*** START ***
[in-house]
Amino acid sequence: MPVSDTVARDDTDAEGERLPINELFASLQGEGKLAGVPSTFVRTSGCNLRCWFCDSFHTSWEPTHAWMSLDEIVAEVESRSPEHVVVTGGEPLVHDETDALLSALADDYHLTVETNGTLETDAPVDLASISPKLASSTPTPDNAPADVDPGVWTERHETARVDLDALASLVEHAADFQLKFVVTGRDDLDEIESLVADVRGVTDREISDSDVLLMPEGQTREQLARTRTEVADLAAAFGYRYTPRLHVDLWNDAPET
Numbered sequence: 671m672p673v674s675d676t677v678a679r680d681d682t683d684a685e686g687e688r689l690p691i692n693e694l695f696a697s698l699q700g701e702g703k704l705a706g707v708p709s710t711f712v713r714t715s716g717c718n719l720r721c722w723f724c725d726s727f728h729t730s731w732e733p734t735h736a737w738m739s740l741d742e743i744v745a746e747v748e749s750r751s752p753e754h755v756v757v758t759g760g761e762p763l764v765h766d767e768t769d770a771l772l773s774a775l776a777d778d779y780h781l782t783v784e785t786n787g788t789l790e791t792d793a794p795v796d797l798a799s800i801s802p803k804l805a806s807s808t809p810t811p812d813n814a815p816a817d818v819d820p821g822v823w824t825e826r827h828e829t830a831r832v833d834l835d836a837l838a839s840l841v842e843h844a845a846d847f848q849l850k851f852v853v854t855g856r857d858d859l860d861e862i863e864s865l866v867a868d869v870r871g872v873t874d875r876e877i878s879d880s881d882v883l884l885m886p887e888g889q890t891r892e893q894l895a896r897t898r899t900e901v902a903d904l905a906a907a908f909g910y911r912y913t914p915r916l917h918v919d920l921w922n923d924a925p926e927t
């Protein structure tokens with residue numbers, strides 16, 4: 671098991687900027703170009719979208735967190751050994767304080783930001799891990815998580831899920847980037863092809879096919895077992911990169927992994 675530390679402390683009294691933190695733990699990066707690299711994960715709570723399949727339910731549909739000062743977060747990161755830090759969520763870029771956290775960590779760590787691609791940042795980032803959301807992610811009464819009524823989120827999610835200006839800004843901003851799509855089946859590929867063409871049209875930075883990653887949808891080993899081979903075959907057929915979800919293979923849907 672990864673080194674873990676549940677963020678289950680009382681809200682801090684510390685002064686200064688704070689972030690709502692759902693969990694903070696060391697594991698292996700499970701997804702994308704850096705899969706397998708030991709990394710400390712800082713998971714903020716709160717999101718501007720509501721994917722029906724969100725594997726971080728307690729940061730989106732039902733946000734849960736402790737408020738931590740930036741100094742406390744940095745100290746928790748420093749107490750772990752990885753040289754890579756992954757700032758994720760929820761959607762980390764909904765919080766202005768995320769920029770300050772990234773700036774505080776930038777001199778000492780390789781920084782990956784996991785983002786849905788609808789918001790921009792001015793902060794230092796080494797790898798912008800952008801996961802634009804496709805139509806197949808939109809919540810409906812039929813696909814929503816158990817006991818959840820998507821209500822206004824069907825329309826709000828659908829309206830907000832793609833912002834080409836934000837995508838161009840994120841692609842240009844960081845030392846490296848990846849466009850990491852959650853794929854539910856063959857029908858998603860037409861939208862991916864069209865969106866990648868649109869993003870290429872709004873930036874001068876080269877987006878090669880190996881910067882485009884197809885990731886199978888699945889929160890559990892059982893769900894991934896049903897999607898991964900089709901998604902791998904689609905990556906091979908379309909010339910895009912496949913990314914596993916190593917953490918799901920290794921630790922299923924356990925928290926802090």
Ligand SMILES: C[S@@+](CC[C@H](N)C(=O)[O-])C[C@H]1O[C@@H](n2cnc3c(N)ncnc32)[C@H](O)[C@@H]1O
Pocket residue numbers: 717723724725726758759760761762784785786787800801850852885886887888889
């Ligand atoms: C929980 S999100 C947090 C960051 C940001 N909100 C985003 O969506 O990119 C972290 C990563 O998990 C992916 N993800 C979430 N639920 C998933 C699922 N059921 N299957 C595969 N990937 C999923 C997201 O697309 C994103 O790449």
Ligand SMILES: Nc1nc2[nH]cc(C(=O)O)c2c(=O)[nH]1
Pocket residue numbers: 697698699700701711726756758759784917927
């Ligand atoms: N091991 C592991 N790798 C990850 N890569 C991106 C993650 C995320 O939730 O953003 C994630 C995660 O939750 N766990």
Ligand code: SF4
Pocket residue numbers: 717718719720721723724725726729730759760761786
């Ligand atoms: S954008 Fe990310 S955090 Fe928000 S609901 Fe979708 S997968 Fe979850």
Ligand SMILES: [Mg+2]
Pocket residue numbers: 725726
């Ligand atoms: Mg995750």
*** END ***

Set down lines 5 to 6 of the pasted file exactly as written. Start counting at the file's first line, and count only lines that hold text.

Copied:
Ligand SMILES: C[S@@+](CC[C@H](N)C(=O)[O-])C[C@H]1O[C@@H](n2cnc3c(N)ncnc32)[C@H](O)[C@@H]1O
Pocket residue numbers: 717723724725726758759760761762784785786787800801850852885886887888889